Here is a moment you didn’t see in Paddle to Seattle. Over the next month, we’re releasing some big developments at Dudes on Media. One of which is our new website, where we’ll be realeasing more of our favorite behind-the-scenes “Paddle to Seattle” moments. The new site will also be the official launch pad for our third adventure documentary, Go Ganges.
It’s with great honor that Dudes on Media announces the release of our next film, “Go Ganges!” It’s the third installation from our production company, and we’ve got high hopes riding on the shoulders of this international adventure. As we construct the 50-hours of footage captured during the expedition, we’re growing more confident that this will be our best film yet!
This is our first adventure film where we took our skills accumulated in wilderness settings to a natural wonder that is not wilderness but just wild. One year ago we set out to learn about a river and the people that consider it a god. We didn’t have the slightest idea of how it would all turn out. In the end we traveled the length of the Ganges River by foot, rickshaw, rowboat and scooter embracing the Indian culture, literally winging it and putting ourselves at the whim of their engaging culture. “Go Ganges!” is going to be the product of this spontaneous adventure.
Stay tuned: Feature Film coming January 2012!
In D.C. Double Lives, we’ll introduce you to a series of Washingtonians who have moved beyond the confines of cubicle life to start passion projects in addition to or instead of traditional nine-to-five jobs.
Traveling India’s great Mother River by any means possible.
Crashing down a rural road, I throttled all willing horsepower from our 125cc Indian Vespa. She roared with the death moans of a body about to expire from this earthly world. It had been a venerable battle of wills trying to coax our $400 scooter the final 1,000km to the end of the Ganges. Our adventure, more than 40 days in the making, had only 10km remaining. The Vespa had been crashed, dissected, and reassembled almost daily. I hated that scooter. Here she was so close to the end when—thud!—it happened, she was dead…
Six months ago when our last film, “Paddle to Seattle” was growing in popularity. We were continually asked what’s next? This was a particularly challenging question for us. We had created our own small legacy of traveling through wild places for months on end. We felt we’d reached a high point for ourselves under those conditions, and we weren’t content to rest on our laurels. For us the next big thing had to rip us from our shells and slam us against the wall.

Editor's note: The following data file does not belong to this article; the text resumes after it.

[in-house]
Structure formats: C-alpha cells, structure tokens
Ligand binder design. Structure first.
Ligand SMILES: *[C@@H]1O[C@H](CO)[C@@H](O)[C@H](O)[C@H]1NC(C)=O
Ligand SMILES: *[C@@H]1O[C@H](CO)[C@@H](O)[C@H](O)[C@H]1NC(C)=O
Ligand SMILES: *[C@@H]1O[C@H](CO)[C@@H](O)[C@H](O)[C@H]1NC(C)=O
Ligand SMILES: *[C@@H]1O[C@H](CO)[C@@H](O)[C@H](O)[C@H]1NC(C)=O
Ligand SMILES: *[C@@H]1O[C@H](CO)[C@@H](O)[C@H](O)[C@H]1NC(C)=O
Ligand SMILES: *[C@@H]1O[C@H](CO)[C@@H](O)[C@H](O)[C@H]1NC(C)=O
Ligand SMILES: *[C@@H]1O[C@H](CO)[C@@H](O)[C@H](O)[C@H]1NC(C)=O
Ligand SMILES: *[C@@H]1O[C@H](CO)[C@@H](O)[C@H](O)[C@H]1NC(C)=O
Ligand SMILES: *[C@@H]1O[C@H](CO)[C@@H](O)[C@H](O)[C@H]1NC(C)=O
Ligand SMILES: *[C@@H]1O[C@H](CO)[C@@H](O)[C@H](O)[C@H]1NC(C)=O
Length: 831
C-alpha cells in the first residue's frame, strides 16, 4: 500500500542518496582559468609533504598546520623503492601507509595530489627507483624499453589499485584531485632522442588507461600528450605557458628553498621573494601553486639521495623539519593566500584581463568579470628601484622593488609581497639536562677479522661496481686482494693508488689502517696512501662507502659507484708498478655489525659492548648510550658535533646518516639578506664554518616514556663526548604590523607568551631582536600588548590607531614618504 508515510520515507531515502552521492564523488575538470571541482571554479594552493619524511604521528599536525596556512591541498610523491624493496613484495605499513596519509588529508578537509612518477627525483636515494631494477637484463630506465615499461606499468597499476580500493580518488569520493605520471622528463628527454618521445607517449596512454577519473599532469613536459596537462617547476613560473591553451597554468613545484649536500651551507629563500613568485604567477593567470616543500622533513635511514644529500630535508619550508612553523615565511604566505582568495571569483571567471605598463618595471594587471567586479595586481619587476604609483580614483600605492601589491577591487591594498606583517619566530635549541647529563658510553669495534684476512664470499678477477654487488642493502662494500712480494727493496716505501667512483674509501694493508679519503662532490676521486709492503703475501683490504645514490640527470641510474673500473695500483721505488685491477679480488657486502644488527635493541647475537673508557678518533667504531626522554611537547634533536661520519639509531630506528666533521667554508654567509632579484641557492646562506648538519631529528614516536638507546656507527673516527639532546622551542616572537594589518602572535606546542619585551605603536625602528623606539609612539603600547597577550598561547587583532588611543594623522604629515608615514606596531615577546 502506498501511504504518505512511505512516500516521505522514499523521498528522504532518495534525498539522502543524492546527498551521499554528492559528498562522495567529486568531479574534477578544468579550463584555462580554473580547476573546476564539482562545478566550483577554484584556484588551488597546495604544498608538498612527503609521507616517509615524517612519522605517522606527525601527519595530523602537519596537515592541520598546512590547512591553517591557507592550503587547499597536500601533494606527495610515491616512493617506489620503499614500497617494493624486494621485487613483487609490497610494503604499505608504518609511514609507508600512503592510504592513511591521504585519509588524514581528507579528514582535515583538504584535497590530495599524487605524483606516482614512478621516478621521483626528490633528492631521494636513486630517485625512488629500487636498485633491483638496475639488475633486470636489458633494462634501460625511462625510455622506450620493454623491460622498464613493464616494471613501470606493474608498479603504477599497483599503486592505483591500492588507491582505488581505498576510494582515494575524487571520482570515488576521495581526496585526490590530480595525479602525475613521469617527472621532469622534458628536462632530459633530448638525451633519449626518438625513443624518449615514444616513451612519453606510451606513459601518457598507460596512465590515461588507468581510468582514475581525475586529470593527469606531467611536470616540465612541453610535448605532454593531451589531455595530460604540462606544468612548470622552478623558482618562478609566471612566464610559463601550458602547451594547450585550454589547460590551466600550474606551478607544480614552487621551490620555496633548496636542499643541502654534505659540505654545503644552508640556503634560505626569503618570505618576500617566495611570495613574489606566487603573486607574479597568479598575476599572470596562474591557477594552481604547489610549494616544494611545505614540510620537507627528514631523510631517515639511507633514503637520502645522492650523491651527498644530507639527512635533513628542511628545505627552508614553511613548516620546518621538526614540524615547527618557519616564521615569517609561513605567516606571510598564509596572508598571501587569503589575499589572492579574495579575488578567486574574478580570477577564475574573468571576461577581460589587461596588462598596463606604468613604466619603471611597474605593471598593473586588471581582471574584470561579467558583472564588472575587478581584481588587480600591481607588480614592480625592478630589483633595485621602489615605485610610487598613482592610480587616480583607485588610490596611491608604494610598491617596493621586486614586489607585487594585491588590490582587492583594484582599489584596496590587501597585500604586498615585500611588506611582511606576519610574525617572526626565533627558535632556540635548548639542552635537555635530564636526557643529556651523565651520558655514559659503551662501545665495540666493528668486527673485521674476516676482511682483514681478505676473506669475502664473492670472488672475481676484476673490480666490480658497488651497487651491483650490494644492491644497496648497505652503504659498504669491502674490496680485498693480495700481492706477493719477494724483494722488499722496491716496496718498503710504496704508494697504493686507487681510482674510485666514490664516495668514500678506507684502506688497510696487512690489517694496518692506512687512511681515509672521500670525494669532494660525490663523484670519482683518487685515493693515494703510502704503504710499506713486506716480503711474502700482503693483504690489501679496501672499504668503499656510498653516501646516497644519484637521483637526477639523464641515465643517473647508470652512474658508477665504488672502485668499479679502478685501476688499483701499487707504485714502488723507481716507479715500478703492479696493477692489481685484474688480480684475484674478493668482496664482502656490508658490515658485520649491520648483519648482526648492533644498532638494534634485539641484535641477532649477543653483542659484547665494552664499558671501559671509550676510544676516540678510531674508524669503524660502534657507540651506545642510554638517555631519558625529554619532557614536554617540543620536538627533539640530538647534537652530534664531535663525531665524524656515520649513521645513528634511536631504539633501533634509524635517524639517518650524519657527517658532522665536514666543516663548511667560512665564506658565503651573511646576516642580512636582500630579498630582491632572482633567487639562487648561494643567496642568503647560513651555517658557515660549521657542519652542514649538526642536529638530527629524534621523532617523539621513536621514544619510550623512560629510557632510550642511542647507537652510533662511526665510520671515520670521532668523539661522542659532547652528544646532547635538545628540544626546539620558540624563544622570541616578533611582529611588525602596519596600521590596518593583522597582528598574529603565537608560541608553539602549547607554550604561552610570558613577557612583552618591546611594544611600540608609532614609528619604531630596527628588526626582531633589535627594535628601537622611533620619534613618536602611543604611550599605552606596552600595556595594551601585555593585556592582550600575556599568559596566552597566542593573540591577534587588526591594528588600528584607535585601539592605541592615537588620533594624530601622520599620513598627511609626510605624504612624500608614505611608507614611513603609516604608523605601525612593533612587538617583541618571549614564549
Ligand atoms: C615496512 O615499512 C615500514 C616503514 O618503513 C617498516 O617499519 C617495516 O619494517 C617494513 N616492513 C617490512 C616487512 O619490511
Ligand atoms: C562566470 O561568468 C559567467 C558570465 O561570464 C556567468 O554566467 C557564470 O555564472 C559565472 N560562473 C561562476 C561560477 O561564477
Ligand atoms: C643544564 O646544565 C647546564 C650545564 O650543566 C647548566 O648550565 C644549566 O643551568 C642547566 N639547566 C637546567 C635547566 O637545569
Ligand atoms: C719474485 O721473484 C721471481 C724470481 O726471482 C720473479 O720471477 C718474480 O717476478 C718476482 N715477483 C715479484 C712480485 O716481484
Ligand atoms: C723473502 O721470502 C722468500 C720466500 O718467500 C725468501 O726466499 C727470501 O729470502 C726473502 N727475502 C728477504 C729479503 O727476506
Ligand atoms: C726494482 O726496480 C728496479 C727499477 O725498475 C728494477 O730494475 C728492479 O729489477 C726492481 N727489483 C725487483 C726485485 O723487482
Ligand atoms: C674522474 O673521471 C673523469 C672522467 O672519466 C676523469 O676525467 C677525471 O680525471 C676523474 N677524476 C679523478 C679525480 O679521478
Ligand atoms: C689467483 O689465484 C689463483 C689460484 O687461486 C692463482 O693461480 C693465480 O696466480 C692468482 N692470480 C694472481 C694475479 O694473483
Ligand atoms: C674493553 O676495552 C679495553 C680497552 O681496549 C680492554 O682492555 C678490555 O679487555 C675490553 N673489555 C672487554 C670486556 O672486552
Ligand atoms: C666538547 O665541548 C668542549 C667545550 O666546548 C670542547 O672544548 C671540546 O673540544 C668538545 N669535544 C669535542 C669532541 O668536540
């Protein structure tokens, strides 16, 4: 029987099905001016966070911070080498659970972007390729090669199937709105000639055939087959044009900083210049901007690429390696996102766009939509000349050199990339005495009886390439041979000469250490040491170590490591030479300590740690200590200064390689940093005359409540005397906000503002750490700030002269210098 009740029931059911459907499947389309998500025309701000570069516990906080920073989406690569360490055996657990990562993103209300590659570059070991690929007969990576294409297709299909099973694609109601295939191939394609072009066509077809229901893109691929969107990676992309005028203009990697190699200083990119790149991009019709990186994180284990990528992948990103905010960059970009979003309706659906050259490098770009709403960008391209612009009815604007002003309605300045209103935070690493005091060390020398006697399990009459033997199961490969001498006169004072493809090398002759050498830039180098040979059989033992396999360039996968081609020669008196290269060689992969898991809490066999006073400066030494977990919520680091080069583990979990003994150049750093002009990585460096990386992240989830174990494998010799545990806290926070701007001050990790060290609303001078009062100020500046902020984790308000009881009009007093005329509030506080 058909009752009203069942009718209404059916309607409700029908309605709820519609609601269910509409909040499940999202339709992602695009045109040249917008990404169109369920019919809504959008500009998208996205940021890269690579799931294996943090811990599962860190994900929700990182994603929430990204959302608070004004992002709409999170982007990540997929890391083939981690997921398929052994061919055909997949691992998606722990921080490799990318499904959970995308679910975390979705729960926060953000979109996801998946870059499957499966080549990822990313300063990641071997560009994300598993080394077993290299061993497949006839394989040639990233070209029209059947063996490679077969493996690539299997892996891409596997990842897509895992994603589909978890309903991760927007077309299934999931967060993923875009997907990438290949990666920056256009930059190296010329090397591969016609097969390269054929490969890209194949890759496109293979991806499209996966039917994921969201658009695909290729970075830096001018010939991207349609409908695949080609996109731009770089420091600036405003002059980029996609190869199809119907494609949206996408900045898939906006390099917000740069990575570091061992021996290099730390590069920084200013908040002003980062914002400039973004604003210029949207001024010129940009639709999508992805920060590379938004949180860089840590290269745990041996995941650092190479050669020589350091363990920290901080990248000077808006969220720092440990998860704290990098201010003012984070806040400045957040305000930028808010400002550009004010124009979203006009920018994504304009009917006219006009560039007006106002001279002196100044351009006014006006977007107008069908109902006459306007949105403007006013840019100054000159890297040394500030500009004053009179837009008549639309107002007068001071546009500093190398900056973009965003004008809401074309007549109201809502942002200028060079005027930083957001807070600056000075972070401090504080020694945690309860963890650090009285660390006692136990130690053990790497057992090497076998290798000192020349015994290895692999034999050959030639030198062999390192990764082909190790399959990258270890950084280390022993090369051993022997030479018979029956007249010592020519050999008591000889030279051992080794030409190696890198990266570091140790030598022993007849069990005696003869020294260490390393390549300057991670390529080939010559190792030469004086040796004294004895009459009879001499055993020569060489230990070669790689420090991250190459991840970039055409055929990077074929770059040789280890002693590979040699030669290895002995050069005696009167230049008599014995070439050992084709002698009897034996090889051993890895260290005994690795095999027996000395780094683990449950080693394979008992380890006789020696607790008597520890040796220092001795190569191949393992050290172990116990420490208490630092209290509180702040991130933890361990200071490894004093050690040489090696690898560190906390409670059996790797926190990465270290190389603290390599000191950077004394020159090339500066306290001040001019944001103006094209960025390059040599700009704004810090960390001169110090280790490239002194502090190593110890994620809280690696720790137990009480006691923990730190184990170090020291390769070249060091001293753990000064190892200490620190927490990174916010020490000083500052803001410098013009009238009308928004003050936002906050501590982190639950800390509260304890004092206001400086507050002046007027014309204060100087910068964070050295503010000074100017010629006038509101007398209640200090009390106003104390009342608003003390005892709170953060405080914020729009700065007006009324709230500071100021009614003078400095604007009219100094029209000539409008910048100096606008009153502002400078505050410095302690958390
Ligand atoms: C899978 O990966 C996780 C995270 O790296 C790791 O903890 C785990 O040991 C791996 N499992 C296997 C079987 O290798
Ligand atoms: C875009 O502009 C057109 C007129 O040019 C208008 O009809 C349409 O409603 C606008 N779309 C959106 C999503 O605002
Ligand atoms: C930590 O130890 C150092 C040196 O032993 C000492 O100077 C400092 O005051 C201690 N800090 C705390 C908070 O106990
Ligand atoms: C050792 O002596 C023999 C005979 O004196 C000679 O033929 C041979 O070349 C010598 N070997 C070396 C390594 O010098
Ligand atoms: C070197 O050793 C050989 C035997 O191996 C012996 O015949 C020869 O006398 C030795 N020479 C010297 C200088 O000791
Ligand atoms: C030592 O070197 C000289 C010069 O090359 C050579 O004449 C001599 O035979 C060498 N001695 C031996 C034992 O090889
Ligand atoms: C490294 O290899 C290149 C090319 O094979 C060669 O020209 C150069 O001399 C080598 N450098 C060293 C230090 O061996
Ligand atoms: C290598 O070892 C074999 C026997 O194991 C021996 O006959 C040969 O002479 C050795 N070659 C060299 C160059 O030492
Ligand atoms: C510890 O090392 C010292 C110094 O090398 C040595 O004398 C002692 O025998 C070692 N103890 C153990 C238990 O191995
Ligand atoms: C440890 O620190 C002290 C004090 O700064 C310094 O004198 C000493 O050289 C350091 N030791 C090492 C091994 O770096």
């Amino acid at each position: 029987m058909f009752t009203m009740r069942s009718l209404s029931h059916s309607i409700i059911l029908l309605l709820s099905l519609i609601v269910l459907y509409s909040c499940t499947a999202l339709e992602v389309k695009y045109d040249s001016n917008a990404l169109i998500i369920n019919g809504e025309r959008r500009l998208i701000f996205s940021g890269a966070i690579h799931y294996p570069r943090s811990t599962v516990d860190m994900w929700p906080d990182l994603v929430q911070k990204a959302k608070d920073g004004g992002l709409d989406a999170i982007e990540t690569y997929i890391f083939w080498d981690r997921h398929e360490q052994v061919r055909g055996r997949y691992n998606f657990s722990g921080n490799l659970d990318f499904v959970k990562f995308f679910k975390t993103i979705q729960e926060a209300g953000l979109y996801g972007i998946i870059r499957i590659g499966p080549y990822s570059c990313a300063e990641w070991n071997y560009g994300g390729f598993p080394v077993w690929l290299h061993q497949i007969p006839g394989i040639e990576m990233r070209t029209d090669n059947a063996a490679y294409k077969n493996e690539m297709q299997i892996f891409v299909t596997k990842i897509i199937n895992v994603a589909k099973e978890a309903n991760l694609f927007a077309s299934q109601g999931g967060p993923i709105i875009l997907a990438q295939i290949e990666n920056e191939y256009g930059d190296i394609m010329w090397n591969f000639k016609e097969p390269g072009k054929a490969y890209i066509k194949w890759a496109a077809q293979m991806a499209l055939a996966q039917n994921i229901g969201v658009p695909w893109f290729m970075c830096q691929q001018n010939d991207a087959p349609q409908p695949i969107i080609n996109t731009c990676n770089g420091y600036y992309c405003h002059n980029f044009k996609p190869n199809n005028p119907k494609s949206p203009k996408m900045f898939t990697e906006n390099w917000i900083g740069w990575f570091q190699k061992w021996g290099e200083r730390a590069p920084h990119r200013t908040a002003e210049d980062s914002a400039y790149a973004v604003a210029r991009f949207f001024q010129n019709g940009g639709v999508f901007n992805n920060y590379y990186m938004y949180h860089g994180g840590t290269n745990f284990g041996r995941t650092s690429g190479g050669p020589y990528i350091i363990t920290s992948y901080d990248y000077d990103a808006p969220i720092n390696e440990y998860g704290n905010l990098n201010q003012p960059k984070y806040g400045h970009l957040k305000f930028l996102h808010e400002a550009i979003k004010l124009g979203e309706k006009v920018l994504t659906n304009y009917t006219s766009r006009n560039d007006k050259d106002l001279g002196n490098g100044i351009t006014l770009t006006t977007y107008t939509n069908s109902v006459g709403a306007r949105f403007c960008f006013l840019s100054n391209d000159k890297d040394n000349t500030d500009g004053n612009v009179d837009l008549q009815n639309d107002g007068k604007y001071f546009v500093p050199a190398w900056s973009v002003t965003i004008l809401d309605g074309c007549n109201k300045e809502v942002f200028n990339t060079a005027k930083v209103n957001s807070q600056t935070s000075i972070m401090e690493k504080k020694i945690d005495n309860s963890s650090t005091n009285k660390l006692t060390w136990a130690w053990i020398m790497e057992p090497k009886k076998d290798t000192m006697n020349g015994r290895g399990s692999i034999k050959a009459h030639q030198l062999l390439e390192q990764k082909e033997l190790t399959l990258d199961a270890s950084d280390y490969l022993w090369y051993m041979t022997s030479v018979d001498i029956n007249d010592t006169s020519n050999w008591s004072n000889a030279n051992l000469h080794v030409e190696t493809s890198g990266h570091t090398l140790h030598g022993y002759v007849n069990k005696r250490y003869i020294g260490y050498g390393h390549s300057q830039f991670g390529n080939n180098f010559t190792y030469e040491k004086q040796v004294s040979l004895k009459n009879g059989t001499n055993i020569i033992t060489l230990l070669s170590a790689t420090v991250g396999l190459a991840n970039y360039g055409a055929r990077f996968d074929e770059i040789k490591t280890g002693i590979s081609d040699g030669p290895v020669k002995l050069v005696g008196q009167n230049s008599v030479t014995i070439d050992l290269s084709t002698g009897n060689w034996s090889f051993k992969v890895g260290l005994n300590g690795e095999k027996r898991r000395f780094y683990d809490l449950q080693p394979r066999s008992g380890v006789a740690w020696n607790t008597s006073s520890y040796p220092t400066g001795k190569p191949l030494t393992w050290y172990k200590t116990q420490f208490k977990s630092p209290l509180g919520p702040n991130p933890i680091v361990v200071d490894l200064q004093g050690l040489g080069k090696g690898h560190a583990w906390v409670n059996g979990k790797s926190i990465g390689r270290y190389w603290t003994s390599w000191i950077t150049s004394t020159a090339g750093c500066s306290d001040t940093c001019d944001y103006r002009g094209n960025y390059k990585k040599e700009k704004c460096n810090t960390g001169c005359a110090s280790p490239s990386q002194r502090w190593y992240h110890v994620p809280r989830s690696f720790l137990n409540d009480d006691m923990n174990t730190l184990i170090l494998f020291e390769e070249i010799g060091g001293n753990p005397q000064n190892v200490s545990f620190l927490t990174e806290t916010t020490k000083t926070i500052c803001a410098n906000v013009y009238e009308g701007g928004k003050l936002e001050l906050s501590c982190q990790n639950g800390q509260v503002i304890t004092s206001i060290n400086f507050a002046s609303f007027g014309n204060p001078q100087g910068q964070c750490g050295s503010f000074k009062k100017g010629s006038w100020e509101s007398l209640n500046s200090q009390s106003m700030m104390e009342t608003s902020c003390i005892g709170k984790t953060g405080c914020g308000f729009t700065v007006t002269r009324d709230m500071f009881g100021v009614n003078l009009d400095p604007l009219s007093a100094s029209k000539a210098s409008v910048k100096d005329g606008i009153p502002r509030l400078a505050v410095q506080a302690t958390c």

At a screening of “Paddle to Seattle” in the Pacific Northwest, Josh was taken in by the owners of a theater. “You have to do another one.” The kind couple prodded Josh. They went on to share an adventure they’d had in India. They recounted their fascination of a natural resource that was more than just a body of water, but also seen as a god – a river so holy she had the power to remove sins, a river so polluted she was classified as the dirtiest on earth, a place where English would only take you so far. Josh was captivated and I unapologetically took the cause as my own as well.
“The Vespa had been crashed, dissected, and reassembled almost daily. I hated that scooter.”
It was settled: We’d travel The River Ganges. As a river she posed insurmountable obstacles. From her glacial emergence in the Himalayas, across the agricultural plains of the sub-content, to her diffusion into the largest delta on earth – there seemed no one way she could be traveled (in fact a complete float on Ganga has never been done). We needed to reinterpret how this could be possible.
Then it hit us; we would travel the river by any means possible – by foot, cycle rickshaw, rowboat, and scooter. Of course we didn’t have this plan when we departed. As we saw sections of the river for the first time, we debated what would be the best method to move forward. As India’s great river changed, so would we. We would see the in-between areas, where the foundations of the larger cities are upheld and life depends on the rivers. It was the uniting sinew that we were looking for.
Craving attention, our always fantastic cameraman Dave Costello salutes the end of a successful scout.
So in the 11th hour with just 10km to the end, a dead scooter, and a final chapter waiting to be written, we punted. Our Vespa was dead, but our adventure was not. Just as Ganga changed one final time before her exodus into the Indian Ocean so would we. I won’t ruin the end, but the solution involved a strip of cotton, 4-hiking shoes, and 3 glorious coconuts. You’ll just have to stay tuned to find out what happened.
Josh, JJ, and their deft cameraman Dave were traveling The River Ganges on a scout for Academy Award Nominated filmmakers Sean and Andrea Fine. The scout was the first step in a 4-part series that will travel the world’s Mother Rivers by any means possible.
Last weekend National Geographic Weekend host (and Traveler columnist) Boyd Matson interviewed documentary filmmakers JJ Kelley and Josh Thomas about their current trip: traveling along the Ganges River…
This video was shot before The Dudes departed for The River Ganges. Looking back, they had no idea what the adventures they lay ahead.
Josh and JJ proud behind the handlebars of their new purchase, a 1995 LML Vespa.